Re: Malting question
- Take care. Chinese brown sugar appears to be caramelized white sugar
rather than natural molasses.
--- In Distillers@yahoogroups.com, "Brendan Keith" <bkeith@s...>
> Good advice. If I were to step ferment it, I was going toboil/steam each
> batch only as needed.a "soak,
> I also read about the souring step, but planned to skip that. Just
> rinse, steam, cool, add jiu qu, add next batch" sequence.it that
> Yet another delay, or exciting experiment, if you want to look at
> way occurred to me when I was at the Chinese supermarketresearching rice.
> They have these brown sugar slabs, about 3"x5"x1", 1 lb each onsale. I
> figured a decent rum might be made from these. They seem morenatural than
> the brown sugar made North American style, which I am led tobelieve is
> fairly highly refined then doped with some molasses for colour.Hector?
> Is a brewer's yeast more suitable for rum than a wine yeast?
> Brendan Keith
> -----Original Message-----
> From: Andrew Forsberg [mailto:andrew@u...]
> Sent: Thursday, December 02, 2004 12:49 AM
> To: Distillers@yahoogroups.com
> Subject: RE: [Distillers] Malting question
> For a 4kg batch I'd start with 2kgs and add the remainder a few
> later. Or try 2 + 1 + 1. I dunno -- don't take my word for it, gohave a
> play around and let us know how you get on! I'm not an expert,I've just
> been playing about with these moulds for a year and a bit now andhad a
> lot of fun with them. It's been a combination of trial and error,and
> online research.extremely
> One warning -- unless you're able to keep sanitation standards
> tight I'd avoid leaving uncooked rice soaking for more than acouple of
> days.process of
> Wal mentioned, or posted a link to an article describing, the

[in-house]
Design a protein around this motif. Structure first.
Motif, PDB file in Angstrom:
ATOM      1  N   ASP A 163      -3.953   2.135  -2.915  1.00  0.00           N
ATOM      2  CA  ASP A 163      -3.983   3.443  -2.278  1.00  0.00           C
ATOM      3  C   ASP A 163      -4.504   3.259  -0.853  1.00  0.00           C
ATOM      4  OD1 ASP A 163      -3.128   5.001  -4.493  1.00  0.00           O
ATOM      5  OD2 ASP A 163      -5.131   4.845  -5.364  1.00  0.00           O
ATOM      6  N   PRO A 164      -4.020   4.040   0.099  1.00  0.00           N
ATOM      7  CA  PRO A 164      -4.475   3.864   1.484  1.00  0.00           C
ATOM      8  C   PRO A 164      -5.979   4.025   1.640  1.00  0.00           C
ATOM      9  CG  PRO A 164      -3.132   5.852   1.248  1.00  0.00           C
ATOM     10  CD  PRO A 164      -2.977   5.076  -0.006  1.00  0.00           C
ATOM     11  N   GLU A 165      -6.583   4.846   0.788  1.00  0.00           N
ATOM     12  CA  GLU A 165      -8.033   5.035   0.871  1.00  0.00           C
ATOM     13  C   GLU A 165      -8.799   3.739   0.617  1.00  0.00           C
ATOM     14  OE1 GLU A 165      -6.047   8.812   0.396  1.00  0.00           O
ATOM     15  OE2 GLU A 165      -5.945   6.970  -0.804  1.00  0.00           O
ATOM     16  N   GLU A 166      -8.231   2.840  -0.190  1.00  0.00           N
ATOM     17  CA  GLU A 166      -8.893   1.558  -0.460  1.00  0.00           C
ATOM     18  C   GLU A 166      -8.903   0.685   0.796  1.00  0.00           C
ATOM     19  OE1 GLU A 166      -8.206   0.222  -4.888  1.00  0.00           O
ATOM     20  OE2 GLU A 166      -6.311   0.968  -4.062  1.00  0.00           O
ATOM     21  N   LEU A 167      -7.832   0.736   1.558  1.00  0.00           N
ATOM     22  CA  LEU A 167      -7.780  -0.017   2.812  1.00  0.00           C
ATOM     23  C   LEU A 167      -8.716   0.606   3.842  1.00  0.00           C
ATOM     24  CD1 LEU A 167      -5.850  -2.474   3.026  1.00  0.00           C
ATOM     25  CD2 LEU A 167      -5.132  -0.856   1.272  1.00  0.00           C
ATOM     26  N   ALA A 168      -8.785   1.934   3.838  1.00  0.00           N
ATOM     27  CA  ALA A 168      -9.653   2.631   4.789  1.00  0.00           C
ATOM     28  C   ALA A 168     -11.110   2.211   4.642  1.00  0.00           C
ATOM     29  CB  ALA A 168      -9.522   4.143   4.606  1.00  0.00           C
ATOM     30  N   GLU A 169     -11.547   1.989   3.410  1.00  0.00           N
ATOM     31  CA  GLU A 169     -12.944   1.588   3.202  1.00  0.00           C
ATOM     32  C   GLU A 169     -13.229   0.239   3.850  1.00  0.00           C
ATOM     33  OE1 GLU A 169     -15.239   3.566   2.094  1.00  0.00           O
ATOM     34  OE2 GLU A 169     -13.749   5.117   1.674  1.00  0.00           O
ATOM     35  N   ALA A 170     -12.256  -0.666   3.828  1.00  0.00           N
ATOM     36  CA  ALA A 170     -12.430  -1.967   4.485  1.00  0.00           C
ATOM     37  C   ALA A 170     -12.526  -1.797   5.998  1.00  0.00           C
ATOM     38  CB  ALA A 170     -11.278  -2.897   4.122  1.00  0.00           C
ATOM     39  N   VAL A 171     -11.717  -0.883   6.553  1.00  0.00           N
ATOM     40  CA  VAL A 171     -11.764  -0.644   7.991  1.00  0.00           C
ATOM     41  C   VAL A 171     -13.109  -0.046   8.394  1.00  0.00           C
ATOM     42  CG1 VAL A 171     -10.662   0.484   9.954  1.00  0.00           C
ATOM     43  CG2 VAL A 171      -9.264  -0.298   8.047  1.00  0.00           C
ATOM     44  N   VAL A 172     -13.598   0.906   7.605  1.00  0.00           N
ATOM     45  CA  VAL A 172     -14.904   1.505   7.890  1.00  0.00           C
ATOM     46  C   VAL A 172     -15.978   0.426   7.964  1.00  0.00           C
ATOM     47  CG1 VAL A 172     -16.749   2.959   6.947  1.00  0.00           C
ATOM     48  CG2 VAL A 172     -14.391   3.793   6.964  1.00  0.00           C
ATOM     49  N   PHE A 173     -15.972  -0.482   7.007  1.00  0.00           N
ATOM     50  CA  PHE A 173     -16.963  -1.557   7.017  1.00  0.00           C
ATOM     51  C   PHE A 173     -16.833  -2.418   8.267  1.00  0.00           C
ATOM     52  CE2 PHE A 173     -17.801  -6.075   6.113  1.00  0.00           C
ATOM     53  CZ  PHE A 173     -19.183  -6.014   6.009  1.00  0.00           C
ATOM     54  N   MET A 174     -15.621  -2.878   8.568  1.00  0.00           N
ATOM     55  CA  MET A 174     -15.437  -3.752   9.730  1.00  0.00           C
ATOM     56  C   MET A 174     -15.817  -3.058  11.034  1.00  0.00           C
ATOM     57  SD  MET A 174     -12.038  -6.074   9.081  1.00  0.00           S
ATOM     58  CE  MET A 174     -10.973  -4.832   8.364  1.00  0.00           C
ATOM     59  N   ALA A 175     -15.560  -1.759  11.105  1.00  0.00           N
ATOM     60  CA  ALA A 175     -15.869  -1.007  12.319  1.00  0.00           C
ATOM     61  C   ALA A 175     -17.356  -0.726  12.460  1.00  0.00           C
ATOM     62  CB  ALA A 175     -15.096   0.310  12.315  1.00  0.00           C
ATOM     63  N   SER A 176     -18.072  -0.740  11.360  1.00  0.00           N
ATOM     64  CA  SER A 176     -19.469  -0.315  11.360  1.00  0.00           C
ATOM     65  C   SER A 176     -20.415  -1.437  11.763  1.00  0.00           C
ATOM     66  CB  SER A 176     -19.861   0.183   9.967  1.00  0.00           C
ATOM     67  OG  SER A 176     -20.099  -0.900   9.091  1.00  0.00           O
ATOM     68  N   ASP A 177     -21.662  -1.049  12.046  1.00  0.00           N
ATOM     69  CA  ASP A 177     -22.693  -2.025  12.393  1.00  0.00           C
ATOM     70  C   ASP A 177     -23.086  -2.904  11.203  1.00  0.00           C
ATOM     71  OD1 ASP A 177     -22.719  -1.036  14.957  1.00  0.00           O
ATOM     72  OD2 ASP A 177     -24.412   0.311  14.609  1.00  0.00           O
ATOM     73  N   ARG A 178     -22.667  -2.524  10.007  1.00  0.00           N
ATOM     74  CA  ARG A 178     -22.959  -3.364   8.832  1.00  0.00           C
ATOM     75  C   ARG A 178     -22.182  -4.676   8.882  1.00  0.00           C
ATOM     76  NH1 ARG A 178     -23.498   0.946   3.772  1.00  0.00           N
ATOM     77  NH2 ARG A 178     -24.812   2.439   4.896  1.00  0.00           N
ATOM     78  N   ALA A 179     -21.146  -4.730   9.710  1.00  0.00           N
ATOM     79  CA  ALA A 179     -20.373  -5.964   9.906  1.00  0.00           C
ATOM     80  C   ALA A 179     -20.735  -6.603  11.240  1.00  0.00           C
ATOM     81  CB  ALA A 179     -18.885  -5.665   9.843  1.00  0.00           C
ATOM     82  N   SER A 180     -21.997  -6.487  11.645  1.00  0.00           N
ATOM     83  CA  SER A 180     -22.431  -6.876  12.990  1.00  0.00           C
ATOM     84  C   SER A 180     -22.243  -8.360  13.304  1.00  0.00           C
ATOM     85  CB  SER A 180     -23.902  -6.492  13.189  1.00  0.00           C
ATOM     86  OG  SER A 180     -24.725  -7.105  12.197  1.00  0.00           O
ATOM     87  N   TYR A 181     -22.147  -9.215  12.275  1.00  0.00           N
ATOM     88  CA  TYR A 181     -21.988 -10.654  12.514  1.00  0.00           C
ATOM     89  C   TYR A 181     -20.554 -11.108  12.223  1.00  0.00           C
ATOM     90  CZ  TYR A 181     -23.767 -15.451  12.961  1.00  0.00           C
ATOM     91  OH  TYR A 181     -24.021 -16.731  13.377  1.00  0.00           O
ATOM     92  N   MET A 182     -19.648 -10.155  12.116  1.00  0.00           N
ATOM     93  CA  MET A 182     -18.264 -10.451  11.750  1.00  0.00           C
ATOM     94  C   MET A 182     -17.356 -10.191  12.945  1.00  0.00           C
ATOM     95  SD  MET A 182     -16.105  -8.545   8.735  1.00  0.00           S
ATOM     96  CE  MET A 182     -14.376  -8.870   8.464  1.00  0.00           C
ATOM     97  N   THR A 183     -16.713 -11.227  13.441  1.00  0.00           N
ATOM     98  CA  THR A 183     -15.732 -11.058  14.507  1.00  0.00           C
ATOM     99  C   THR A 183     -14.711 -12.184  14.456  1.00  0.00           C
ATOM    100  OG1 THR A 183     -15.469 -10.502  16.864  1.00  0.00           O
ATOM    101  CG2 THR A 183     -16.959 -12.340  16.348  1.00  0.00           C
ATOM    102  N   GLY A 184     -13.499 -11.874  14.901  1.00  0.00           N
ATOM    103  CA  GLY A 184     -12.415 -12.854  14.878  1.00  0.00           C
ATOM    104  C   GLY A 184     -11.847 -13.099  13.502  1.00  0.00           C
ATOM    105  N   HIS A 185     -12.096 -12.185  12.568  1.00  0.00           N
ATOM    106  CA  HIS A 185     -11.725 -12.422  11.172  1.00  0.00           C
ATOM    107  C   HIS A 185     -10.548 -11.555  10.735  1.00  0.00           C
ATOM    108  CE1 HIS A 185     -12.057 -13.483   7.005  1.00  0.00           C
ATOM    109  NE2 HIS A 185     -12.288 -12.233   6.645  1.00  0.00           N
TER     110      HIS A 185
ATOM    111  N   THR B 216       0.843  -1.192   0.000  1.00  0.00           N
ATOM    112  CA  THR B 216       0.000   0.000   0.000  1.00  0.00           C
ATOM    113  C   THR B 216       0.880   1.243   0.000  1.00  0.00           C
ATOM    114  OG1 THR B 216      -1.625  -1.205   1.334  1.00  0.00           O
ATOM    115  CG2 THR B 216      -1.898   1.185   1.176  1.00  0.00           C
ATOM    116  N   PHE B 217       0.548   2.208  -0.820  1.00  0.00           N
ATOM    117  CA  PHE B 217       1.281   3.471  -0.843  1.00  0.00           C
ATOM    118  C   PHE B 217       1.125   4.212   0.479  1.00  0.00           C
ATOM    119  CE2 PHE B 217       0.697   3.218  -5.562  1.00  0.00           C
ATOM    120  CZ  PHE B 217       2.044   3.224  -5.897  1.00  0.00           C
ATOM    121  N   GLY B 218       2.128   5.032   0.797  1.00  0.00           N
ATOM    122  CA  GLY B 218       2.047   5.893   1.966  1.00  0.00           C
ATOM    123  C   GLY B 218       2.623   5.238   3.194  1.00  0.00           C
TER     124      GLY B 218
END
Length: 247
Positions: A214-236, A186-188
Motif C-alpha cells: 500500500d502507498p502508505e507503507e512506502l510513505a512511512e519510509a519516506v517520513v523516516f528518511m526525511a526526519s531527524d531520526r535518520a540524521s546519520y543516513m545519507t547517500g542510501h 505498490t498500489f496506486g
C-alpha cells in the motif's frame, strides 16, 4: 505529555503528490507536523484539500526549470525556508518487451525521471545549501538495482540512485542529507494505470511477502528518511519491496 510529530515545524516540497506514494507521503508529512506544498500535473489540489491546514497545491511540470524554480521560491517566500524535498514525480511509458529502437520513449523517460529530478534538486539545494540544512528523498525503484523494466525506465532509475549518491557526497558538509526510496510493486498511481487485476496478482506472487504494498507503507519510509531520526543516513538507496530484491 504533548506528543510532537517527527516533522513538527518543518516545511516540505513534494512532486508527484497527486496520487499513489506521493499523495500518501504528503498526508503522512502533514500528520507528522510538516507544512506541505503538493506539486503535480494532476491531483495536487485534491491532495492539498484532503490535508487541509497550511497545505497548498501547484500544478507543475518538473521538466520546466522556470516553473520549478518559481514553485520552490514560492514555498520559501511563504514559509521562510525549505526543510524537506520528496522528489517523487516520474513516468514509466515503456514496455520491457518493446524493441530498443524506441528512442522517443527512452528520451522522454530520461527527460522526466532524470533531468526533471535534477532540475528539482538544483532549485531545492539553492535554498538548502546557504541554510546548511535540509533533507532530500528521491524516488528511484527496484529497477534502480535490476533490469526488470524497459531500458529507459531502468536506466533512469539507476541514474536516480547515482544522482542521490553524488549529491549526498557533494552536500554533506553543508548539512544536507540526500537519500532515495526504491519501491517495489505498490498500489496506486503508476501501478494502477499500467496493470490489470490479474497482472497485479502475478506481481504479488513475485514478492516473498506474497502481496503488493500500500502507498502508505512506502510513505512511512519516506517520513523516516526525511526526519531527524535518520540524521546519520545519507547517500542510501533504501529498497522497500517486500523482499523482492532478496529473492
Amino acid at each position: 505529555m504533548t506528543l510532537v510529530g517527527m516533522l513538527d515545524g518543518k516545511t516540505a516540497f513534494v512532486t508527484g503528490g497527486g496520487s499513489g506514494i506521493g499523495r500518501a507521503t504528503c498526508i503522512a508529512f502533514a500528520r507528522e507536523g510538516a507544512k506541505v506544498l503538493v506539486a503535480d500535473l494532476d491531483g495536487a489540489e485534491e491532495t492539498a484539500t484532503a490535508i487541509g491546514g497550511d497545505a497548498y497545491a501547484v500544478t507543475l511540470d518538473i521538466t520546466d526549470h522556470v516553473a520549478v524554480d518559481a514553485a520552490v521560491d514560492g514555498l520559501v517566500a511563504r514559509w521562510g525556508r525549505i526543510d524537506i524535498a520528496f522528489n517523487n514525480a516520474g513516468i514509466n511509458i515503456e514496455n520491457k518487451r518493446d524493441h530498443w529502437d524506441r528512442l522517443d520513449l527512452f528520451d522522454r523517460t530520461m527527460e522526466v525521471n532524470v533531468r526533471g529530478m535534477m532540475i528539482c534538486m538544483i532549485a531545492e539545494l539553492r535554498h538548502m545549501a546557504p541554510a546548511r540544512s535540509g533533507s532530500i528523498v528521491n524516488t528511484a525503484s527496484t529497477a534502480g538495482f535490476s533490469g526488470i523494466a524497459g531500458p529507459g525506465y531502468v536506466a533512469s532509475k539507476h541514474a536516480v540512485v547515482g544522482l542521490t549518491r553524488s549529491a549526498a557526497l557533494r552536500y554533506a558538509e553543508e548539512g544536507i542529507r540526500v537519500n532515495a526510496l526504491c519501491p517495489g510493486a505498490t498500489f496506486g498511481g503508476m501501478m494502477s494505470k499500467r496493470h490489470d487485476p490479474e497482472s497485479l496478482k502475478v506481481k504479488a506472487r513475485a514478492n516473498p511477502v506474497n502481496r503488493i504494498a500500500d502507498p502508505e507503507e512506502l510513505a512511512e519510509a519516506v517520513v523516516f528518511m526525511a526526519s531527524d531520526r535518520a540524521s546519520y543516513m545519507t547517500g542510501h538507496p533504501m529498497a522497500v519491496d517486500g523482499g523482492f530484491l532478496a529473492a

> 'souring' the rice by leaving it to soak for 10 days or so before
> cooking. I think that's an extra-for-experts experiment...
> [Non-text portions of this message have been removed]
- --- In Distillers@yahoogroups.com, "waljaco" <waljaco@h...> wrote:
> Must stop relying on memory as I appear to be losing neurons!
> The sprouted part is called an acrospire - edosperm is the solid
> Cannot find a verification of the content of the acrospire which Imoonshine
> think I read somewhere (?)
> --- In Distillers@yahoogroups.com, "waljaco" <waljaco@h...> wrote:
> > Undried malted grain is called 'green malt'.It is used in
> > style spirits, but apparently the endosperm (the sprouted part)I don't think it's the composition of the acrospire (aka plumule)
> > contains unpleasant compounds which might not be a problem for
> > distillers.
that's the issue, Wal. It's more a question of economics and yield.
At the end of the germination period the Acrospire should have grown
to roughly ? - ¾ the length of the corn. On no account must the
Acrospire be allowed to grow out of the end of the corn. Such a
condition, "bolting", results in too much of the food supply
contained in the Endosperm having been used. This consequently
creates a high malting loss.
The moisture content of the grain should still be approximately 41% -
42% at the end of the germinating period and the Diastatic Power or
Enzyme development will be at its maximum.